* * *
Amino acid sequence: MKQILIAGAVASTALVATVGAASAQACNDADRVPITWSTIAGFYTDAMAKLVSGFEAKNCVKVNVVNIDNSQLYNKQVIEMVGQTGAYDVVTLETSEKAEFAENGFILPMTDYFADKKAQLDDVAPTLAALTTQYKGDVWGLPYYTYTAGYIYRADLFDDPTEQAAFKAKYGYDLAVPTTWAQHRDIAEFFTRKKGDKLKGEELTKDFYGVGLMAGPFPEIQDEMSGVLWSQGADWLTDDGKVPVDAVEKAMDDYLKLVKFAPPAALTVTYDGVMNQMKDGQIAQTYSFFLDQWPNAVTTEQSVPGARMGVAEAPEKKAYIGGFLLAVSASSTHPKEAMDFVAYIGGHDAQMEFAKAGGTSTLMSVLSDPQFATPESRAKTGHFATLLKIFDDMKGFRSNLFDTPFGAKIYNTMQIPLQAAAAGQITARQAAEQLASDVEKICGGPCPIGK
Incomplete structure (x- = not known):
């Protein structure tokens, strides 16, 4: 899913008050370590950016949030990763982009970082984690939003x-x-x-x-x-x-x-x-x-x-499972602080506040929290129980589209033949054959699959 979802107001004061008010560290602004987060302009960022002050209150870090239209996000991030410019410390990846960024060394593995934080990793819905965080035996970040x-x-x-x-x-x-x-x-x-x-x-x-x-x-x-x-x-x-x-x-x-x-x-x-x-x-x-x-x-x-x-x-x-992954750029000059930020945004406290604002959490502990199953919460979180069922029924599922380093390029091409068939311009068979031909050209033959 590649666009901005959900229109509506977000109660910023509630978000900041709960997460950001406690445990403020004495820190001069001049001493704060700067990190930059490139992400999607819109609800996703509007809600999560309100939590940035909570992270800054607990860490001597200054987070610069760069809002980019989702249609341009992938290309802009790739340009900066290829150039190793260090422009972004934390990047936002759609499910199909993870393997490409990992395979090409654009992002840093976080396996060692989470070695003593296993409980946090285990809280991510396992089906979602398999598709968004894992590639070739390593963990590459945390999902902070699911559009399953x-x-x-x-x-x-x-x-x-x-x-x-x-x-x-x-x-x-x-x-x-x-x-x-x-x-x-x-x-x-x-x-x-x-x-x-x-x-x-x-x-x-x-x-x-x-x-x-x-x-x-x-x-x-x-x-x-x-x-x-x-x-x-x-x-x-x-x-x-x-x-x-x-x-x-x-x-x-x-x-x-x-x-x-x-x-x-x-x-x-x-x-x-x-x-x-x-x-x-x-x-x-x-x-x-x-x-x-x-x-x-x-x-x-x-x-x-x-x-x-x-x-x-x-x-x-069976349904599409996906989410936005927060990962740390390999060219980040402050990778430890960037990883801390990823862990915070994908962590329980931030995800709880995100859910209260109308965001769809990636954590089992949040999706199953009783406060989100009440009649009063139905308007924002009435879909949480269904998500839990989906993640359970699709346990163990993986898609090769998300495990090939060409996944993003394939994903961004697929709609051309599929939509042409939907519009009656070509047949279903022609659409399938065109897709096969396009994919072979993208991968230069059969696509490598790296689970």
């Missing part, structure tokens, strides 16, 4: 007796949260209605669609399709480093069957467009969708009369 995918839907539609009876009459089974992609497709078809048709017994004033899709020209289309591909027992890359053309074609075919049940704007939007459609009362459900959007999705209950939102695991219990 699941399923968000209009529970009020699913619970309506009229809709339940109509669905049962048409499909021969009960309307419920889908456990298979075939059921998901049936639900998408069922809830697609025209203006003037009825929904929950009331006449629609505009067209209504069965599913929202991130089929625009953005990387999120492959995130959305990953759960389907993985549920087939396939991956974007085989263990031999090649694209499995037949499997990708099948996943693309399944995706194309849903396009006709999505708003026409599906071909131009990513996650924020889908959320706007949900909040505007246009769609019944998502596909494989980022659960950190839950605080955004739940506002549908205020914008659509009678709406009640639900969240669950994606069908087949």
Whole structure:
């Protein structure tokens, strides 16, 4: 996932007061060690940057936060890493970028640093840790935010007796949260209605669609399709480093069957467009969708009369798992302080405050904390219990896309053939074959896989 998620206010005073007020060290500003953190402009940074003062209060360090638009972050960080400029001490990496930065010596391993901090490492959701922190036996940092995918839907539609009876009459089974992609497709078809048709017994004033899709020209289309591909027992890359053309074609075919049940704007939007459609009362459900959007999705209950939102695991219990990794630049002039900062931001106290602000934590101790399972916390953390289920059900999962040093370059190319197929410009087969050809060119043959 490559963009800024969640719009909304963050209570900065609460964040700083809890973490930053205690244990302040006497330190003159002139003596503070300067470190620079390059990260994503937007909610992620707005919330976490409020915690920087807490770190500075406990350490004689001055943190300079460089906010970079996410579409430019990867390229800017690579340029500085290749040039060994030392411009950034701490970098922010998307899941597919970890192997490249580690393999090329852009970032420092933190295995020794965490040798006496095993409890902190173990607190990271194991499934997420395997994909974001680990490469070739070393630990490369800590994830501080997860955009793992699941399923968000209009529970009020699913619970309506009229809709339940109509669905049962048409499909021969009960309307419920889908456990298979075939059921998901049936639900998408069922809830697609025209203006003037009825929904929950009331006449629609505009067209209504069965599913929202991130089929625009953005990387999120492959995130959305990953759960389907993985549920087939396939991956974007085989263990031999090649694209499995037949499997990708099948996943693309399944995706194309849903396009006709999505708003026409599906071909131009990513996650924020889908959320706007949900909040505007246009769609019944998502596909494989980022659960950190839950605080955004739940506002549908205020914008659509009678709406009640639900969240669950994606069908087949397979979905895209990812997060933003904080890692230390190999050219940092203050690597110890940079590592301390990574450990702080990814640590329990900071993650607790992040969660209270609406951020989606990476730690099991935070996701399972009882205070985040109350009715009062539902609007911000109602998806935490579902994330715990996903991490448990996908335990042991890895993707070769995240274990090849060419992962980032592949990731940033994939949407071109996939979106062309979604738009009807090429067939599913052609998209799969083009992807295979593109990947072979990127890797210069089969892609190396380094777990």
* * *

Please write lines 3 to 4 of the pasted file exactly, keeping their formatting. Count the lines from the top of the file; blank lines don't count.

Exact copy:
């Protein structure tokens, strides 16, 4: 899913008050370590950016949030990763982009970082984690939003x-x-x-x-x-x-x-x-x-x-499972602080506040929290129980589209033949054959699959 979802107001004061008010560290602004987060302009960022002050209150870090239209996000991030410019410390990846960024060394593995934080990793819905965080035996970040x-x-x-x-x-x-x-x-x-x-x-x-x-x-x-x-x-x-x-x-x-x-x-x-x-x-x-x-x-x-x-x-x-992954750029000059930020945004406290604002959490502990199953919460979180069922029924599922380093390029091409068939311009068979031909050209033959 590649666009901005959900229109509506977000109660910023509630978000900041709960997460950001406690445990403020004495820190001069001049001493704060700067990190930059490139992400999607819109609800996703509007809600999560309100939590940035909570992270800054607990860490001597200054987070610069760069809002980019989702249609341009992938290309802009790739340009900066290829150039190793260090422009972004934390990047936002759609499910199909993870393997490409990992395979090409654009992002840093976080396996060692989470070695003593296993409980946090285990809280991510396992089906979602398999598709968004894992590639070739390593963990590459945390999902902070699911559009399953x-x-x-x-x-x-x-x-x-x-x-x-x-x-x-x-x-x-x-x-x-x-x-x-x-x-x-x-x-x-x-x-x-x-x-x-x-x-x-x-x-x-x-x-x-x-x-x-x-x-x-x-x-x-x-x-x-x-x-x-x-x-x-x-x-x-x-x-x-x-x-x-x-x-x-x-x-x-x-x-x-x-x-x-x-x-x-x-x-x-x-x-x-x-x-x-x-x-x-x-x-x-x-x-x-x-x-x-x-x-x-x-x-x-x-x-x-x-x-x-x-x-x-x-x-x-069976349904599409996906989410936005927060990962740390390999060219980040402050990778430890960037990883801390990823862990915070994908962590329980931030995800709880995100859910209260109308965001769809990636954590089992949040999706199953009783406060989100009440009649009063139905308007924002009435879909949480269904998500839990989906993640359970699709346990163990993986898609090769998300495990090939060409996944993003394939994903961004697929709609051309599929939509042409939907519009009656070509047949279903022609659409399938065109897709096969396009994919072979993208991968230069059969696509490598790296689970």
């Missing part, structure tokens, strides 16, 4: 007796949260209605669609399709480093069957467009969708009369 995918839907539609009876009459089974992609497709078809048709017994004033899709020209289309591909027992890359053309074609075919049940704007939007459609009362459900959007999705209950939102695991219990 699941399923968000209009529970009020699913619970309506009229809709339940109509669905049962048409499909021969009960309307419920889908456990298979075939059921998901049936639900998408069922809830697609025209203006003037009825929904929950009331006449629609505009067209209504069965599913929202991130089929625009953005990387999120492959995130959305990953759960389907993985549920087939396939991956974007085989263990031999090649694209499995037949499997990708099948996943693309399944995706194309849903396009006709999505708003026409599906071909131009990513996650924020889908959320706007949900909040505007246009769609019944998502596909494989980022659960950190839950605080955004739940506002549908205020914008659509009678709406009640639900969240669950994606069908087949």